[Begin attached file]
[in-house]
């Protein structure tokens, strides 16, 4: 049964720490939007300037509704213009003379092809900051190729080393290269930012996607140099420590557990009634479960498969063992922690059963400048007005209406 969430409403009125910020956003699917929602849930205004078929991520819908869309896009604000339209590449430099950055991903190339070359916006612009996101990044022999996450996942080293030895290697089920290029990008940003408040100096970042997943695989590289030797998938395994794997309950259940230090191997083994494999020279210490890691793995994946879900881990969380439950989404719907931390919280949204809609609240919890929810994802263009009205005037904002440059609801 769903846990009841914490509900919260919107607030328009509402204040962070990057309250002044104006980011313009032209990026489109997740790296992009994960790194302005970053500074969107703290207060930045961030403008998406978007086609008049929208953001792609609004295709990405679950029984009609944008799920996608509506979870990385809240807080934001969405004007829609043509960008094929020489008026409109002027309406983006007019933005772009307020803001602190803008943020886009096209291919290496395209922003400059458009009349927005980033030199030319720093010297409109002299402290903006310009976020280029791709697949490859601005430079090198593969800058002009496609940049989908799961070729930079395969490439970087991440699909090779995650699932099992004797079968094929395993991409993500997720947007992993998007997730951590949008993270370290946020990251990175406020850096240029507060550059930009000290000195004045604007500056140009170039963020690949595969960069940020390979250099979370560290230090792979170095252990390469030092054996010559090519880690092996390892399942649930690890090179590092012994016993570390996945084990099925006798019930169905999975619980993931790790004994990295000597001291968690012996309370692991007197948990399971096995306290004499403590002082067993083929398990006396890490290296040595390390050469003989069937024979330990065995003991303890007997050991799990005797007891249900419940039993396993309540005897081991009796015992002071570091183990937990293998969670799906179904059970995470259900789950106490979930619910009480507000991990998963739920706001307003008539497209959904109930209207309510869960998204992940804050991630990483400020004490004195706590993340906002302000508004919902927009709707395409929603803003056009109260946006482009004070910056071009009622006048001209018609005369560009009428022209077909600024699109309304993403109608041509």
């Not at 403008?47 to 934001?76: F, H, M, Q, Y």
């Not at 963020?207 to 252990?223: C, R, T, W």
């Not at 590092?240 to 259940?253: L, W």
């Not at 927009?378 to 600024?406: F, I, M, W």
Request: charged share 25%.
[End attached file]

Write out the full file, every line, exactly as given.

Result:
[in-house]
């Protein structure tokens, strides 16, 4: 049964720490939007300037509704213009003379092809900051190729080393290269930012996607140099420590557990009634479960498969063992922690059963400048007005209406 969430409403009125910020956003699917929602849930205004078929991520819908869309896009604000339209590449430099950055991903190339070359916006612009996101990044022999996450996942080293030895290697089920290029990008940003408040100096970042997943695989590289030797998938395994794997309950259940230090191997083994494999020279210490890691793995994946879900881990969380439950989404719907931390919280949204809609609240919890929810994802263009009205005037904002440059609801 769903846990009841914490509900919260919107607030328009509402204040962070990057309250002044104006980011313009032209990026489109997740790296992009994960790194302005970053500074969107703290207060930045961030403008998406978007086609008049929208953001792609609004295709990405679950029984009609944008799920996608509506979870990385809240807080934001969405004007829609043509960008094929020489008026409109002027309406983006007019933005772009307020803001602190803008943020886009096209291919290496395209922003400059458009009349927005980033030199030319720093010297409109002299402290903006310009976020280029791709697949490859601005430079090198593969800058002009496609940049989908799961070729930079395969490439970087991440699909090779995650699932099992004797079968094929395993991409993500997720947007992993998007997730951590949008993270370290946020990251990175406020850096240029507060550059930009000290000195004045604007500056140009170039963020690949595969960069940020390979250099979370560290230090792979170095252990390469030092054996010559090519880690092996390892399942649930690890090179590092012994016993570390996945084990099925006798019930169905999975619980993931790790004994990295000597001291968690012996309370692991007197948990399971096995306290004499403590002082067993083929398990006396890490290296040595390390050469003989069937024979330990065995003991303890007997050991799990005797007891249900419940039993396993309540005897081991009796015992002071570091183990937990293998969670799906179904059970995470259900789950106490979930619910009480507000991990998963739920706001307003008539497209959904109930209207309510869960998204992940804050991630990483400020004490004195706590993340906002302000508004919902927009709707395409929603803003056009109260946006482009004070910056071009009622006048001209018609005369560009009428022209077909600024699109309304993403109608041509």
């Not at 403008?47 to 934001?76: F, H, M, Q, Y």
């Not at 963020?207 to 252990?223: C, R, T, W």
């Not at 590092?240 to 259940?253: L, W």
């Not at 927009?378 to 600024?406: F, I, M, W």
Request: charged share 25%.